I also found out that the Way of Kings is largely about the birth of magic, since Brandon was tired of fantasy books talking about the death of it. As such, most of the magic systems are largely unknown, and will be explored. There was at one previous time, several hundred years past, magic on the earth. However, it's been gone for a while, and is being rediscovered. There are a total of 30 planned magic systems, and the books will jump around chronologically between the present and character's pasts. The technology level is a typical fantasy, Renaissance minus gunpowder. At least I think that's what he said.

    He also mentioned these awesome suits of armor and like 6 foot long swords that he called "Shard Plate" and "Shard Blades." Apparently, they are the only relics left over from the time when mankind originally did have magic. Also, in the mythology of this world, mankind originally lived in heaven. However, a race of beings called (I think) the Voidbringers conquered heaven and basically cast mankind out to the earth. They made war on them again and tried to cast them out to hell, but mankind devised These Shard Blades and Shard Plate as a method of fighting the Voidbringers and were able to push them back. He also mentioned that the world is currently basically dominated by those who have these magical items, and one person with a suit of shard plate and a shard blade is basically the equivalent of an army. When I asked him if these were related to the Shards of Andonalsium at all, he said, "Maybe." He also confirmed that the Stormlight Chronicle (Way of Kings) takes place in the Shards universe.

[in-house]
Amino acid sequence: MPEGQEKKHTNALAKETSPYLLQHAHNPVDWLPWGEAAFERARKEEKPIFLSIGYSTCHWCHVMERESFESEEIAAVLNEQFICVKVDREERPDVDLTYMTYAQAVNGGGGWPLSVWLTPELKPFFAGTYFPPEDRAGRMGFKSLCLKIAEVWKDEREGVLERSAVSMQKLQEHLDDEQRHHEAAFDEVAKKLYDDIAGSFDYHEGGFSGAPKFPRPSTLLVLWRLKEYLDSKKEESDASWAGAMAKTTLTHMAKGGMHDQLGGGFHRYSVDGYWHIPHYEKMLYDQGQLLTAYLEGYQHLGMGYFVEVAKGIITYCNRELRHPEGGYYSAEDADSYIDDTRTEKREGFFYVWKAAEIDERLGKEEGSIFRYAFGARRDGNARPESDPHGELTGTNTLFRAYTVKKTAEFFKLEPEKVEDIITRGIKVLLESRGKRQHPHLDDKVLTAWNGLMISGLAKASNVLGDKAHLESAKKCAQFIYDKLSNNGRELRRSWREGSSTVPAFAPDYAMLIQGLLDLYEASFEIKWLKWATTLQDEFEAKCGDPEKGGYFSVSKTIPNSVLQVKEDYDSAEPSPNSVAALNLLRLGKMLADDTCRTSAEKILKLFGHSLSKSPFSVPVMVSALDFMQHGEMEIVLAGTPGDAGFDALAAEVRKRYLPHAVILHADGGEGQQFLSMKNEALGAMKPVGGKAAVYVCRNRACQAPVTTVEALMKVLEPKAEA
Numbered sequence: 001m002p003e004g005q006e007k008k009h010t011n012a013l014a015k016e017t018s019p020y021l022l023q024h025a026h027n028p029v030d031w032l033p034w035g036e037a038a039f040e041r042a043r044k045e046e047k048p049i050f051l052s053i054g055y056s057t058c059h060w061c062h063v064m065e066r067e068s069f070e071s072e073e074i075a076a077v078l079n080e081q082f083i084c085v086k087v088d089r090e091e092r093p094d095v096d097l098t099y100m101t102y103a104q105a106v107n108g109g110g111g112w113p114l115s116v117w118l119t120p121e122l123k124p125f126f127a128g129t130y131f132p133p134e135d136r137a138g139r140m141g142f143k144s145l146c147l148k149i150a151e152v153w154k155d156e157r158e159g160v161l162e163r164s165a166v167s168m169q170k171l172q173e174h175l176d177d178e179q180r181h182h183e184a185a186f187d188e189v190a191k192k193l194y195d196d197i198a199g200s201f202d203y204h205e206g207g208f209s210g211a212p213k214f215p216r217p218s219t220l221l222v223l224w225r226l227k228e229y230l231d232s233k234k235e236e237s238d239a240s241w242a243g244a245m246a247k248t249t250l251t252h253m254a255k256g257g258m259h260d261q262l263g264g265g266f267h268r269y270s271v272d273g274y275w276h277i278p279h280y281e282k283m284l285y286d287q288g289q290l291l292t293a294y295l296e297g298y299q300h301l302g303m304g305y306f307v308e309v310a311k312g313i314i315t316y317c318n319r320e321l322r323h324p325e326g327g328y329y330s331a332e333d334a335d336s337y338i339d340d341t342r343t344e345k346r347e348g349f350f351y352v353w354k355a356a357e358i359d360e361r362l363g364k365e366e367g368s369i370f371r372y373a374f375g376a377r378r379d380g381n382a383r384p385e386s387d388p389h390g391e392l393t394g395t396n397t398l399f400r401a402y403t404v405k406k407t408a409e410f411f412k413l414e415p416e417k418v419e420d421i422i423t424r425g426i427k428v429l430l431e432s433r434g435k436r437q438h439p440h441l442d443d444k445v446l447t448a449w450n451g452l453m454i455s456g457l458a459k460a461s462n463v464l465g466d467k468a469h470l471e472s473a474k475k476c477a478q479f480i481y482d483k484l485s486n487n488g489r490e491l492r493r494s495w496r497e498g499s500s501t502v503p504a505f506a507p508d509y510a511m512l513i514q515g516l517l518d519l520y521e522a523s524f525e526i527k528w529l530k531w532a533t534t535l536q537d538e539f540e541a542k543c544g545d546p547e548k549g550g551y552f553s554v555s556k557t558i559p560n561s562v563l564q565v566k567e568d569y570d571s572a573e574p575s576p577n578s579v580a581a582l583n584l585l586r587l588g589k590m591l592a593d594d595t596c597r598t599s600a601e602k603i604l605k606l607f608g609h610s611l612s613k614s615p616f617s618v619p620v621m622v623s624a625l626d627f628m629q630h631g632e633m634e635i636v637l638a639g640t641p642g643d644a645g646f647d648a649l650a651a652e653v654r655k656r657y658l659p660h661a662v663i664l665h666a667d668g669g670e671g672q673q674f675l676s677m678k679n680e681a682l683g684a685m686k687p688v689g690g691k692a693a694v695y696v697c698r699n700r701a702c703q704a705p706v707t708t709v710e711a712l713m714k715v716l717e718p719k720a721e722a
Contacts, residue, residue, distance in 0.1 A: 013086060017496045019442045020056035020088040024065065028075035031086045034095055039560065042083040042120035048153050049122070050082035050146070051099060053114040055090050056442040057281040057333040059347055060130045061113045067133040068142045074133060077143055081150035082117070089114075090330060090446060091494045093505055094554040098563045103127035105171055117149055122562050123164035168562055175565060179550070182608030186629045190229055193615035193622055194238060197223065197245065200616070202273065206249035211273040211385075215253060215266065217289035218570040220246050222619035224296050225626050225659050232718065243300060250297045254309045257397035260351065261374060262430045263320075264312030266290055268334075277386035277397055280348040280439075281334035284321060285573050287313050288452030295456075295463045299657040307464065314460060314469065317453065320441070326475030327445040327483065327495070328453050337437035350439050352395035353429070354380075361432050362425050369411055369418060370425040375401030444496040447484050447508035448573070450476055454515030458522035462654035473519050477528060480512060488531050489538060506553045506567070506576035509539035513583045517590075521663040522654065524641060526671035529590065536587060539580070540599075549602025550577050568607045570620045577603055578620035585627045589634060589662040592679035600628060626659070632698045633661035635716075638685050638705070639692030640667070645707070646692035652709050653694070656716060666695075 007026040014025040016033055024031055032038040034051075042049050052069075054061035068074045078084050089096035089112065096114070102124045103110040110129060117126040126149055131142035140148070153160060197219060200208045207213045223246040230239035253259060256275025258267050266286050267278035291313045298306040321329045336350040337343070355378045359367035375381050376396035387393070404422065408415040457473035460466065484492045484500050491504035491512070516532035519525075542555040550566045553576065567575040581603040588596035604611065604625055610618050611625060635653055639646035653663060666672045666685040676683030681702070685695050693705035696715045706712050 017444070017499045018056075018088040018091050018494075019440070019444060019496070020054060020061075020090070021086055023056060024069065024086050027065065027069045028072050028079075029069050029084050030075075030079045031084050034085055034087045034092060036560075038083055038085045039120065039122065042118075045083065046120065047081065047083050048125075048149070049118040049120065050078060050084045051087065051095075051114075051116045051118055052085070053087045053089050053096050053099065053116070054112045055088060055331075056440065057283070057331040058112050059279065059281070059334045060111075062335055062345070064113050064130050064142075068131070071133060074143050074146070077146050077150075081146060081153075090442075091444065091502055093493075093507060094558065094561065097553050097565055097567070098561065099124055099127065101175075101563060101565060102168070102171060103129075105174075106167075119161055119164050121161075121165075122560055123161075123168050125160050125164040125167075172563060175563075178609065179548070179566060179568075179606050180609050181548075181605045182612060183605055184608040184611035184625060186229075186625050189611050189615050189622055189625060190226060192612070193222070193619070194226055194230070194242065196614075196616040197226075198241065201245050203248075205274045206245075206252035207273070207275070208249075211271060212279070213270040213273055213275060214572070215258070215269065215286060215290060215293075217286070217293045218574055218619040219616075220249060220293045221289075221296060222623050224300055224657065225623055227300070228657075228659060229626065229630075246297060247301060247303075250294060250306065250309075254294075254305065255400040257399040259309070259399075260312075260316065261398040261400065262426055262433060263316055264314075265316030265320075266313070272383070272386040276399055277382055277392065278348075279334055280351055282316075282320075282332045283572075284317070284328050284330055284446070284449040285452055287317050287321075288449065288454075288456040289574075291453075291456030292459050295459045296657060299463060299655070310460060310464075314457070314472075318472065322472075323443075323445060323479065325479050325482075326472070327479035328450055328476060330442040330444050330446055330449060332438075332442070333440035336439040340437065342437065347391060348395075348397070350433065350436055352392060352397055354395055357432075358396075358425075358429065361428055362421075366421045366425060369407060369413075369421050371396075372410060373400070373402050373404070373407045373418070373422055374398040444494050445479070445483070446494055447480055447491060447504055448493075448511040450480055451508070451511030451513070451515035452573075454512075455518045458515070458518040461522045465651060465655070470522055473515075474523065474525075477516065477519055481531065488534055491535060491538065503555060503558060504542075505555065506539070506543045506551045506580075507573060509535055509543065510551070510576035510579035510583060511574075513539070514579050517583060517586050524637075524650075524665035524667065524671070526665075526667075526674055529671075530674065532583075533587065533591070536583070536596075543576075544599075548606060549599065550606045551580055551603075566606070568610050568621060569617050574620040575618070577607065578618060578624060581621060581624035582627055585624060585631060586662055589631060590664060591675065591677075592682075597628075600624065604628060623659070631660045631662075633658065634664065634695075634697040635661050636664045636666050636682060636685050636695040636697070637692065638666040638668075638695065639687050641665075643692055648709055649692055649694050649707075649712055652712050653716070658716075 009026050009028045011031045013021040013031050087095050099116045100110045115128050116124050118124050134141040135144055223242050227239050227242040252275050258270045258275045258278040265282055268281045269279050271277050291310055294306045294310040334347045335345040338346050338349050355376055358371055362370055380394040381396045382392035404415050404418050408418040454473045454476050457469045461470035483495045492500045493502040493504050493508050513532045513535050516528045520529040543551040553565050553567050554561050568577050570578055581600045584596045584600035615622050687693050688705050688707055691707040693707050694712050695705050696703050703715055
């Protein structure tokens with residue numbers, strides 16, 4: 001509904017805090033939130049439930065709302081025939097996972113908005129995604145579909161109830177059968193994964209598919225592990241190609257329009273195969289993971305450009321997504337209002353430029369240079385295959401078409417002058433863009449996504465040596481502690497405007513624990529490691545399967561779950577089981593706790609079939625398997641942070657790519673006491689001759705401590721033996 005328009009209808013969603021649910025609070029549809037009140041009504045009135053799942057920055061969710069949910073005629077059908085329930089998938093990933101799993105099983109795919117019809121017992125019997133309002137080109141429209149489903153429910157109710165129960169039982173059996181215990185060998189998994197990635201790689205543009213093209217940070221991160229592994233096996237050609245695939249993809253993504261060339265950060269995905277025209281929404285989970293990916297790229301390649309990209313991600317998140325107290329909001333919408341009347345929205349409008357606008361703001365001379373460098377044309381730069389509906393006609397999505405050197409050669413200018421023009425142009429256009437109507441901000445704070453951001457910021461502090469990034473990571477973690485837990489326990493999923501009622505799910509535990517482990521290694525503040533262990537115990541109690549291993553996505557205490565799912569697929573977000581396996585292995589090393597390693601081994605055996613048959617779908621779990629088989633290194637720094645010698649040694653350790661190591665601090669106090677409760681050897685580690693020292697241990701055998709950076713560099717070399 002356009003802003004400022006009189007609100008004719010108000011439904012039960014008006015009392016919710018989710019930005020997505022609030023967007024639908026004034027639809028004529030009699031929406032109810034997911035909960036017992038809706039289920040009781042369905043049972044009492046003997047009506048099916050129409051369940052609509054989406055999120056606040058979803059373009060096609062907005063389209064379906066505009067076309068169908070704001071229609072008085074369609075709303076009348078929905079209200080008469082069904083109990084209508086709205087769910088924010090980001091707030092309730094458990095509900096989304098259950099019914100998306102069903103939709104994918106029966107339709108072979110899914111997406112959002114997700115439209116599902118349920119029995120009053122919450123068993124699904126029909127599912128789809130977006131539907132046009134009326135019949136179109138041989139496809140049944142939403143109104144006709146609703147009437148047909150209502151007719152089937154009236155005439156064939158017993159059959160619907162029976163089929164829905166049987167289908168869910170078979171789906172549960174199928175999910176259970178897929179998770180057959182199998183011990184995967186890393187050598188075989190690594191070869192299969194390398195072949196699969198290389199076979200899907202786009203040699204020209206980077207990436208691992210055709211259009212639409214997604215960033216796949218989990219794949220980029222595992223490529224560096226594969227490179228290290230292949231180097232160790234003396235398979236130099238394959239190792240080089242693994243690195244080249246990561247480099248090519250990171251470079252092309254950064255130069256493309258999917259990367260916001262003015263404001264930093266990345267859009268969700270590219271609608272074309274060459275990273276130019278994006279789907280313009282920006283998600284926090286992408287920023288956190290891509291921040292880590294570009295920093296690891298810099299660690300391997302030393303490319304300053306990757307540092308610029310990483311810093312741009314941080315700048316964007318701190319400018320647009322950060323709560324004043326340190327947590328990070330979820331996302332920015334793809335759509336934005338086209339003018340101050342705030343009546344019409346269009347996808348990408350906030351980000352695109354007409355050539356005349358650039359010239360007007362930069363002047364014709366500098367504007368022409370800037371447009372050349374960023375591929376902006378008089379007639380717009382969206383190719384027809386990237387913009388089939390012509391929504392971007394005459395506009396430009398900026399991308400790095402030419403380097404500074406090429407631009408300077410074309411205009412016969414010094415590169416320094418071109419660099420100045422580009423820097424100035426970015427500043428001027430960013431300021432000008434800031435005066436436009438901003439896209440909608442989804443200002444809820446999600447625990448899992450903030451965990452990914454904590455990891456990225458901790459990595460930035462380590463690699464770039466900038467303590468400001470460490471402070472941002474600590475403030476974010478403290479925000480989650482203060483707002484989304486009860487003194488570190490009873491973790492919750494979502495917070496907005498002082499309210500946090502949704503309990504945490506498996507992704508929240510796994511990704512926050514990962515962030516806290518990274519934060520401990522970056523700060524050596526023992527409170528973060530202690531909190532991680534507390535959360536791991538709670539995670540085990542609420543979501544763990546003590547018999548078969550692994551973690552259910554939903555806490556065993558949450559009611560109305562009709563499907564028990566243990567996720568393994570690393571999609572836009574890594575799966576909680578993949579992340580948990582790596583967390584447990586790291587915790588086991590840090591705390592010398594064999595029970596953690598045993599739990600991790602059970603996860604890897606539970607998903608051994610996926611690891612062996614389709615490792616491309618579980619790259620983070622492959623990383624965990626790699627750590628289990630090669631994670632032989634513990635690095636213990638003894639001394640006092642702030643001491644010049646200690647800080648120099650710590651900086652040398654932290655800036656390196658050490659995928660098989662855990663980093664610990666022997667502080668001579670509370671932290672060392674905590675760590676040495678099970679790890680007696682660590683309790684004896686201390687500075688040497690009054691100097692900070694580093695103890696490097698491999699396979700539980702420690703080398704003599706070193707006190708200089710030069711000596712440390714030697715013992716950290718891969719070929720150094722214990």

The reason Way of Kings is called the Stormlight Chronicle apparently has to do with the massive hurricanes that come through every few days. If you leave a gemstone out during the storm (and affix it to something so it won't blow away), it will gain magical properties. One of these is that they give off light, called stormlight. The other that he mentioned is that they can be used kind of like a battery, and are used to power the Shard Plate Suits.